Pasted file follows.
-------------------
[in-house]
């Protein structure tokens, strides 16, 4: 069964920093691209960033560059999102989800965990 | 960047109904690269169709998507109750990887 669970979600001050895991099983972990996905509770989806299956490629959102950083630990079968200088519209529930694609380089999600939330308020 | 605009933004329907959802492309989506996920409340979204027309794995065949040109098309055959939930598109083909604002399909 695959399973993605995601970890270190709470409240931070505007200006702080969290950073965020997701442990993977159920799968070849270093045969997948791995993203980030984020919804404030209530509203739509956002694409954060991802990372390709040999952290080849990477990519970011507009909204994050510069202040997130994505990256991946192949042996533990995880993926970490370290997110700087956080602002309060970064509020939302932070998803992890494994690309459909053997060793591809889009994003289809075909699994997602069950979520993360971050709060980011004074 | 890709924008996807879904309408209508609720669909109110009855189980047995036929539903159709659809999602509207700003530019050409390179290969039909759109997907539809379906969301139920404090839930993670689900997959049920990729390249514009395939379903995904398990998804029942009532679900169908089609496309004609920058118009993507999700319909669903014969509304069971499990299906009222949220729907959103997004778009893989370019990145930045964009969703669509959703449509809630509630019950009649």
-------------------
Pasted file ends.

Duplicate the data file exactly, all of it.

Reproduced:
[in-house]
């Protein structure tokens, strides 16, 4: 069964920093691209960033560059999102989800965990 | 960047109904690269169709998507109750990887 669970979600001050895991099983972990996905509770989806299956490629959102950083630990079968200088519209529930694609380089999600939330308020 | 605009933004329907959802492309989506996920409340979204027309794995065949040109098309055959939930598109083909604002399909 695959399973993605995601970890270190709470409240931070505007200006702080969290950073965020997701442990993977159920799968070849270093045969997948791995993203980030984020919804404030209530509203739509956002694409954060991802990372390709040999952290080849990477990519970011507009909204994050510069202040997130994505990256991946192949042996533990995880993926970490370290997110700087956080602002309060970064509020939302932070998803992890494994690309459909053997060793591809889009994003289809075909699994997602069950979520993360971050709060980011004074 | 890709924008996807879904309408209508609720669909109110009855189980047995036929539903159709659809999602509207700003530019050409390179290969039909759109997907539809379906969301139920404090839930993670689900997959049920990729390249514009395939379903995904398990998804029942009532679900169908089609496309004609920058118009993507999700319909669903014969509304069971499990299906009222949220729907959103997004778009893989370019990145930045964009969703669509959703449509809630509630019950009649």